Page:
Here’s What Critics Are Saying About Yakuza: Like A Dragon

It’s almost time to play Yakuza: Like A Dragon, the latest in a long franchise that takes a very different direction than the beat-’em-ups of old. Instead of playing as a cantankerous yakuza soldier who uses his fists to solve problems, you play as an adorable doofus with frizzy hair and calls up a horde of crayfish to do away with his enemies.

No, that’s not a joke–Ichiban literally calls up a seafood vendor to throw crayfish during fights. They pinch.

But let’s get beyond who throws crayfish where and instead look to the critical consensus for Yakuza: Like A Dragon. The reviews are coming in, and what they’re saying is that this game is a Yakuza unlike any other.

We’ll start with our very own Bella Blondeau, who had only the highest praise for the new direction Yakuza is taking. “A game like this, so informed by its pedigree and so attuned to the ills of the world, is something that all developers should aspire to,” Blondeau wrote, adding: “I would make the case for Yakuza: Like A Dragon being a high point for this genre – and perhaps the highest point it will reach on the PS4 or Xbox One.”

Unlike previous Yakuza titles, Yakuza: Like A Dragon takes a distinctly JRPG approach to combat. It’s still full of zany minigames and a story surrounding an older yakuza clan, but the core combat and mechanics play out a lot like Dragon Quest–a game which protagonist Kasuga Ichiban simply adores.

“His reverence for Dragon Quest is charming, and shows that he really is a kid at heart; it’s part of what fills him with the determination to keep fighting, even in the most dire of situations,” writes GameSpot in their glowing review, calling Like A Dragon “a fantastic entry in a beloved franchise that proves that it’s in good hands with Kasuga Ichiban.”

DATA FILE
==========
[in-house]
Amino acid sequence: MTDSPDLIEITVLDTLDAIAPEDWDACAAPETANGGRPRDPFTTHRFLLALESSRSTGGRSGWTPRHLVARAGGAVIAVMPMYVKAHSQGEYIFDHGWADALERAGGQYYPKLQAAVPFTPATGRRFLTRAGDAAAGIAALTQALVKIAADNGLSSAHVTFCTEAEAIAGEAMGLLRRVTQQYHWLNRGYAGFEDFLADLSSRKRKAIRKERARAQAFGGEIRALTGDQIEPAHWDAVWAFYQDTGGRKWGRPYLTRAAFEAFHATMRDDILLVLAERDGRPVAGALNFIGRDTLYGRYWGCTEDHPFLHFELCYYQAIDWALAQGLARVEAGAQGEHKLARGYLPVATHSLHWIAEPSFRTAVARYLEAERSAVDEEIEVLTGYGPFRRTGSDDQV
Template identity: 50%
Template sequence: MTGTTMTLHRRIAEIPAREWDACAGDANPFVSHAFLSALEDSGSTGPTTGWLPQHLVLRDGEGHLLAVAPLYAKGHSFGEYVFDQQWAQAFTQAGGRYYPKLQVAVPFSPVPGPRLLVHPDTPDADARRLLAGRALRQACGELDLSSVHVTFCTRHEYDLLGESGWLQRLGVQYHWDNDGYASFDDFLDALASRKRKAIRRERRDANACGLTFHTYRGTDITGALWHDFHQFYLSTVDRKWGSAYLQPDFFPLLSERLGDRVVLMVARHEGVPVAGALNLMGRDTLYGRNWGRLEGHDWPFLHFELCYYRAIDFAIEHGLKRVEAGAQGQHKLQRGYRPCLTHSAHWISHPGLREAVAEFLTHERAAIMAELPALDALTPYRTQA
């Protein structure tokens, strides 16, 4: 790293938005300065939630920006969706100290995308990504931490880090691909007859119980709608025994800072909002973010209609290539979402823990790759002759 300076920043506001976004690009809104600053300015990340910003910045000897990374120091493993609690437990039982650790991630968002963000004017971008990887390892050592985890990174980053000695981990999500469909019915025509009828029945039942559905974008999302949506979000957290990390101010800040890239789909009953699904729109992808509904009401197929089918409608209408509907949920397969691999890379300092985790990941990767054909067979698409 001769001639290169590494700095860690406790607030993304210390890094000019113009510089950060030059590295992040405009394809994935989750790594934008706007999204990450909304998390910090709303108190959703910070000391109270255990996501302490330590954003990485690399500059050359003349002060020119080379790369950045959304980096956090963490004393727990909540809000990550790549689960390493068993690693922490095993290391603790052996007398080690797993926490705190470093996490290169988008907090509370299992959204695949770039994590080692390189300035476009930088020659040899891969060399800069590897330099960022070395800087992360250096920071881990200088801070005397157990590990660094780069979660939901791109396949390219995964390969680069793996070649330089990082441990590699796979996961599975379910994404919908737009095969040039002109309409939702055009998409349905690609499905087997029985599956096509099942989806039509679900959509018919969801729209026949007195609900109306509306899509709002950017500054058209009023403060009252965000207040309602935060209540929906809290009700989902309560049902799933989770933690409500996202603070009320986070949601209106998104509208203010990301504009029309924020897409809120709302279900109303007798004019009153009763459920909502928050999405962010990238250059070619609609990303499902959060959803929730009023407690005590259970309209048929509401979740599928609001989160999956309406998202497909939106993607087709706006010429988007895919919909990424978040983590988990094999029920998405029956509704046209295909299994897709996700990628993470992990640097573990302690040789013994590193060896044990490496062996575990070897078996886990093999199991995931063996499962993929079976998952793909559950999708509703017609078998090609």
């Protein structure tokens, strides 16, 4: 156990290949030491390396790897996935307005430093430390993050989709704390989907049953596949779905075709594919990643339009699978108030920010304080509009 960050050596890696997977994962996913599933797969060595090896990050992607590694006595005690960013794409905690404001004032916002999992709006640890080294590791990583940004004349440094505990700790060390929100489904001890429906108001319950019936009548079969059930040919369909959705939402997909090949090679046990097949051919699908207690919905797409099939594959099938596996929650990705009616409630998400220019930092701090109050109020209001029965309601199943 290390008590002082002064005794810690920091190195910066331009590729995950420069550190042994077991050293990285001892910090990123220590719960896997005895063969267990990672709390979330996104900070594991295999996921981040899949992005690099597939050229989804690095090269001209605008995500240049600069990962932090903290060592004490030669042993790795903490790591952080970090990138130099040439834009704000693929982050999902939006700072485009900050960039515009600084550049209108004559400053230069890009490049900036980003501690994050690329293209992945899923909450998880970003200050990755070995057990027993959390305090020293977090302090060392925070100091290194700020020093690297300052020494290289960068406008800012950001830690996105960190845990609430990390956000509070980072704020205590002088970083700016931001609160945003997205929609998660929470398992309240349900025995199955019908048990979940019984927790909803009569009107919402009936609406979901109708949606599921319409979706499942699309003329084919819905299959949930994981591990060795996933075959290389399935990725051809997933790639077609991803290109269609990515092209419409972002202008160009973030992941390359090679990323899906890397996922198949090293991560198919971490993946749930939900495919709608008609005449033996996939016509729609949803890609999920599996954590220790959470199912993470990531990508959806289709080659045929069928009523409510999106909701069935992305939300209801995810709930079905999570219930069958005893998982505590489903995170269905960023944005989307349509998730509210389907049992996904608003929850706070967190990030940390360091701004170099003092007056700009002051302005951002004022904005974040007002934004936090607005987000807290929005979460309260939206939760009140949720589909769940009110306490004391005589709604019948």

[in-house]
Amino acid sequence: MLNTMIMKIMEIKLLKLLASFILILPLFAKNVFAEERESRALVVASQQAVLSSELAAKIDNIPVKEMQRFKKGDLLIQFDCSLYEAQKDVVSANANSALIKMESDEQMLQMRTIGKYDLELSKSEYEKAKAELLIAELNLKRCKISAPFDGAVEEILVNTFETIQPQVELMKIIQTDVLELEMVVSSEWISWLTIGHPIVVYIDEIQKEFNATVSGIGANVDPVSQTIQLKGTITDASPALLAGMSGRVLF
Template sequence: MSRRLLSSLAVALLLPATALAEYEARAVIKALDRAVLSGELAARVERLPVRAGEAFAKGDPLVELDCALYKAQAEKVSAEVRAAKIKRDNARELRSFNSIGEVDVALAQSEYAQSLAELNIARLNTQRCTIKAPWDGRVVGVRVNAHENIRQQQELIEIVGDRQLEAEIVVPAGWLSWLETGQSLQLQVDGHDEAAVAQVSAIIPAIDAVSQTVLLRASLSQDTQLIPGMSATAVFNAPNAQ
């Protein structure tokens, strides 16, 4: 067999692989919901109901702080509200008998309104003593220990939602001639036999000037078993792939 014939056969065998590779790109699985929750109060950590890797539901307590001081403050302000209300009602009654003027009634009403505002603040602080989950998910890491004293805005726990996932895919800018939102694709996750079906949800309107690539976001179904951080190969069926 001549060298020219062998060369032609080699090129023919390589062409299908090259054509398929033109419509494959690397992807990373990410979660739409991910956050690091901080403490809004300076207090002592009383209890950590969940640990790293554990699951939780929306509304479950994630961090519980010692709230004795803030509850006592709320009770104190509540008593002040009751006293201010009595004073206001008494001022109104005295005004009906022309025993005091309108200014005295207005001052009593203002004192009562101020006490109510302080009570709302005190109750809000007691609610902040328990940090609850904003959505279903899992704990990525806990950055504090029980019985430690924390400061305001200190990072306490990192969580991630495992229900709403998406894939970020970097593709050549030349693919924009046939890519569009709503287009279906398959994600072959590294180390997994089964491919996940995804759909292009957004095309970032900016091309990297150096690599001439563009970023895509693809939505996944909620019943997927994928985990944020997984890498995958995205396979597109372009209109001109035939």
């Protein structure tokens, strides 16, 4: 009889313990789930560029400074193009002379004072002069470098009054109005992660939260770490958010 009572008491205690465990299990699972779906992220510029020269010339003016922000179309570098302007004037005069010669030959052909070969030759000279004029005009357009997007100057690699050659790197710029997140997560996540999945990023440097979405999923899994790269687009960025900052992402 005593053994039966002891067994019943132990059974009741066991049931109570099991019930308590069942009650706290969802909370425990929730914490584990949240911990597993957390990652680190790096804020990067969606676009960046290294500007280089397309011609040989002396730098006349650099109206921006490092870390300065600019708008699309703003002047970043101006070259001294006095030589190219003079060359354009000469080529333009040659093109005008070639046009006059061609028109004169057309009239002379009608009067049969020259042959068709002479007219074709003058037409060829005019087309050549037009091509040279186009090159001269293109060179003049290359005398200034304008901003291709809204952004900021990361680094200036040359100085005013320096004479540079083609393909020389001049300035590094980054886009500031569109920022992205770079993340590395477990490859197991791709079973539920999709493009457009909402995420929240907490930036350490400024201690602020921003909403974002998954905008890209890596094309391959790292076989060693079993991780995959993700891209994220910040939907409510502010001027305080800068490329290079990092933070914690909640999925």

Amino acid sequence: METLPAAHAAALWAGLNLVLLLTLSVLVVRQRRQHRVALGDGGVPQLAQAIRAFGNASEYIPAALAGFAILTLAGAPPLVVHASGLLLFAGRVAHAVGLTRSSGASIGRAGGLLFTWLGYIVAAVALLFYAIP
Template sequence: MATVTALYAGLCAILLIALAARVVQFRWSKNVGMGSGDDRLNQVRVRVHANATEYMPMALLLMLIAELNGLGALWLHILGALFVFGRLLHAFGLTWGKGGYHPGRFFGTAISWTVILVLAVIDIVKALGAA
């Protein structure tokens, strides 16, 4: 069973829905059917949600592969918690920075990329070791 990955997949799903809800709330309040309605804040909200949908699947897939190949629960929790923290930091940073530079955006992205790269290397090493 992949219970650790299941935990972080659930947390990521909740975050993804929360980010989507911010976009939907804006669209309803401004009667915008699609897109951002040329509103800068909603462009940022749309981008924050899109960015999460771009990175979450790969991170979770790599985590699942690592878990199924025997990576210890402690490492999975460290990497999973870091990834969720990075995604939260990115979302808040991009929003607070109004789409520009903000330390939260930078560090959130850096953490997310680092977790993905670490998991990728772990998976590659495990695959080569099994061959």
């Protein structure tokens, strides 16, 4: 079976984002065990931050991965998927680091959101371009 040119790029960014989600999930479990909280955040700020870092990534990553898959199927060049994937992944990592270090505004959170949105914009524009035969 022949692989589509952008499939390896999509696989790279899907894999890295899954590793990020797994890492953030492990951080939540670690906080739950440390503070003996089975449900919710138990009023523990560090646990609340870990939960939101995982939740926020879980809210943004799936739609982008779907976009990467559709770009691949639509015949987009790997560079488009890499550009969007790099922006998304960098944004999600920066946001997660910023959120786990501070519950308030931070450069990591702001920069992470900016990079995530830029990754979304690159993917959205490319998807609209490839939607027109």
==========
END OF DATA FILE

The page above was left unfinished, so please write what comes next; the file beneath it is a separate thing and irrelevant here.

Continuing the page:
Sister-site Screen Rant likewise had high praise for Yakuza: Like A Dragon. “It’s the most exciting and fresh the franchise has felt since Yakuza 0, and players will quickly fall in love with its quirky cast of characters.” They gave it a 4.5 out of 5.

That’s not to say that everyone was all aboard with the changes in Like A Dragon. IGN gave the game a 7 out of 10, lamenting some pathfinding issues and “escalating difficulty spikes in its closing chapters.” GameSpot also noted the difficulty spikes but didn’t think it was enough to truly harm the game.

Eurogamer also had issues with the length of setup required to get into Yakuza: Like A Dragon, noting it was into the double digits of hours before it felt like a game and not a movie. They also might not have particularly enjoyed Yakuza’s quirky brand of humor. “Yakuza: Like a Dragon is a good game – sometimes it’s okay, sometimes it’s great, sometimes it made me groan.

In general, the consensus seems to be that Yakuza: Like A Dragon is worthy of your time. If you’re not into JRPGs, you might still love the story and humor. If you’re not into Yakuza’s quirky humor, you might love it’s solid JRPG mechanics. And if you’re not really into either, well, there are other Xbox Series X launch titles to try.

Yakuza: Like A Dragon arrives on PC, PlayStation 4, Xbox Series X, and Xbox One on November 10th. It’ll hit the PS5 on March 2nd, 2021.

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Actually a collective of 6 hamsters piloting a human-shaped robot, Sean hails from Toronto, Canada. Passionate about gaming from a young age, those hamsters would probably have taken over the world by now if they didn’t vastly prefer playing and writing about video games instead.

The hamsters are so far into their long-con that they’ve managed to acquire a bachelor’s degree from the University of Waterloo and used that to convince the fine editors at TheGamer that they can write “gud werds,” when in reality they just have a very sophisticated spellchecker program installed in the robot’s central processing unit.

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